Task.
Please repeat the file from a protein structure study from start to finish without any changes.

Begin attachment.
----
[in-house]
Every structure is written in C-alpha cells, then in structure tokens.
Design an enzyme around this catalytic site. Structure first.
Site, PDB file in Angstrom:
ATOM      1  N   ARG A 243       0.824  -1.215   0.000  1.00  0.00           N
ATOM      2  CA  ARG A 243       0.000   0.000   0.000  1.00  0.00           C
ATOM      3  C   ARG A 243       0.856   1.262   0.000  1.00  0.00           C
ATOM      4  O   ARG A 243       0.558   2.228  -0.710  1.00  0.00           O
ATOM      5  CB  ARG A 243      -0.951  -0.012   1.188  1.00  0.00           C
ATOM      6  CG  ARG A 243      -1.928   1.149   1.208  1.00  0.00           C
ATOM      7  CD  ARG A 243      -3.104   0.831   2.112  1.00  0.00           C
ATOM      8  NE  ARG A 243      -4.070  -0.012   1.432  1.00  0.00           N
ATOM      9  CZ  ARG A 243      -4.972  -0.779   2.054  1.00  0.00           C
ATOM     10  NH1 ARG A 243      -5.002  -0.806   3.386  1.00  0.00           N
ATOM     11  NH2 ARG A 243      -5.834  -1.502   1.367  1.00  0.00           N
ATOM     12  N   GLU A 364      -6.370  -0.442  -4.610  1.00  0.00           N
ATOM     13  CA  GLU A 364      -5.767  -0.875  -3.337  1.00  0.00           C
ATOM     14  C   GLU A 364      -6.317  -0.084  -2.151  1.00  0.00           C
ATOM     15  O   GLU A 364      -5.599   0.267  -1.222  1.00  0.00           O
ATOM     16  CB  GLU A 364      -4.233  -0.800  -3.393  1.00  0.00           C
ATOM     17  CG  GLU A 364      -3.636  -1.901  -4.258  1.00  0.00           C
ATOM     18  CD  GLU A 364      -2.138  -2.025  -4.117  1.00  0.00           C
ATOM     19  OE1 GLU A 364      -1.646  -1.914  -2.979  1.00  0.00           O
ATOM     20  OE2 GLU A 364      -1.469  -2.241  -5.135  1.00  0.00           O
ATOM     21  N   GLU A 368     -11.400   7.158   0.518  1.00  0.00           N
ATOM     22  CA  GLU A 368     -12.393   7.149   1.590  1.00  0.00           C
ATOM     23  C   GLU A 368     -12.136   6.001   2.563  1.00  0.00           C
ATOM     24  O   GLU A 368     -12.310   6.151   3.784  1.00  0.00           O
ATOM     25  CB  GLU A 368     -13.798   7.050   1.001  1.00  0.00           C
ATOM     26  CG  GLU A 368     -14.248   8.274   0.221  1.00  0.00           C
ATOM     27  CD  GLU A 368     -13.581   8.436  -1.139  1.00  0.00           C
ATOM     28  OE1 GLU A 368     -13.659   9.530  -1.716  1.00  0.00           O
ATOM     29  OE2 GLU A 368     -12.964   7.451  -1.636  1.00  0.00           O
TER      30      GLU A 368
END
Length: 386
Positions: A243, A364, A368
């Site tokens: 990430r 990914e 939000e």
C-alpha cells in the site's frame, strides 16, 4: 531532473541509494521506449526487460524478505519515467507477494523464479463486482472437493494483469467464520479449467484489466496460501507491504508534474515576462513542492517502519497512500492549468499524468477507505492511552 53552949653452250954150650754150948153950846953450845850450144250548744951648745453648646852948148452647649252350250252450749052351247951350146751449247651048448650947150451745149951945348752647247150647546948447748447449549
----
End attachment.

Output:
[in-house]
Every structure is written in C-alpha cells, then in structure tokens.
Design an enzyme around this catalytic site. Structure first.
Site, PDB file in Angstrom:
ATOM      1  N   ARG A 243       0.824  -1.215   0.000  1.00  0.00           N
ATOM      2  CA  ARG A 243       0.000   0.000   0.000  1.00  0.00           C
ATOM      3  C   ARG A 243       0.856   1.262   0.000  1.00  0.00           C
ATOM      4  O   ARG A 243       0.558   2.228  -0.710  1.00  0.00           O
ATOM      5  CB  ARG A 243      -0.951  -0.012   1.188  1.00  0.00           C
ATOM      6  CG  ARG A 243      -1.928   1.149   1.208  1.00  0.00           C
ATOM      7  CD  ARG A 243      -3.104   0.831   2.112  1.00  0.00           C
ATOM      8  NE  ARG A 243      -4.070  -0.012   1.432  1.00  0.00           N
ATOM      9  CZ  ARG A 243      -4.972  -0.779   2.054  1.00  0.00           C
ATOM     10  NH1 ARG A 243      -5.002  -0.806   3.386  1.00  0.00           N
ATOM     11  NH2 ARG A 243      -5.834  -1.502   1.367  1.00  0.00           N
ATOM     12  N   GLU A 364      -6.370  -0.442  -4.610  1.00  0.00           N
ATOM     13  CA  GLU A 364      -5.767  -0.875  -3.337  1.00  0.00           C
ATOM     14  C   GLU A 364      -6.317  -0.084  -2.151  1.00  0.00           C
ATOM     15  O   GLU A 364      -5.599   0.267  -1.222  1.00  0.00           O
ATOM     16  CB  GLU A 364      -4.233  -0.800  -3.393  1.00  0.00           C
ATOM     17  CG  GLU A 364      -3.636  -1.901  -4.258  1.00  0.00           C
ATOM     18  CD  GLU A 364      -2.138  -2.025  -4.117  1.00  0.00           C
ATOM     19  OE1 GLU A 364      -1.646  -1.914  -2.979  1.00  0.00           O
ATOM     20  OE2 GLU A 364      -1.469  -2.241  -5.135  1.00  0.00           O
ATOM     21  N   GLU A 368     -11.400   7.158   0.518  1.00  0.00           N
ATOM     22  CA  GLU A 368     -12.393   7.149   1.590  1.00  0.00           C
ATOM     23  C   GLU A 368     -12.136   6.001   2.563  1.00  0.00           C
ATOM     24  O   GLU A 368     -12.310   6.151   3.784  1.00  0.00           O
ATOM     25  CB  GLU A 368     -13.798   7.050   1.001  1.00  0.00           C
ATOM     26  CG  GLU A 368     -14.248   8.274   0.221  1.00  0.00           C
ATOM     27  CD  GLU A 368     -13.581   8.436  -1.139  1.00  0.00           C
ATOM     28  OE1 GLU A 368     -13.659   9.530  -1.716  1.00  0.00           O
ATOM     29  OE2 GLU A 368     -12.964   7.451  -1.636  1.00  0.00           O
TER      30      GLU A 368
END
Length: 386
Positions: A243, A364, A368
């Site tokens: 990430r 990914e 939000e």
C-alpha cells in the site's frame, strides 16, 4: 531532473541509494521506449526487460524478505519515467507477494523464479463486482472437493494483469467464520479449467484489466496460501507491504508534474515576462513542492517502519497512500492549468499524468477507505492511552 53552949653452250954150650754150948153950846953450845850450144250548744951648745453648646852948148452647649252350250252450749052351247951350146751449247651048448650947150451745149951945348752647247150647546948447748447449549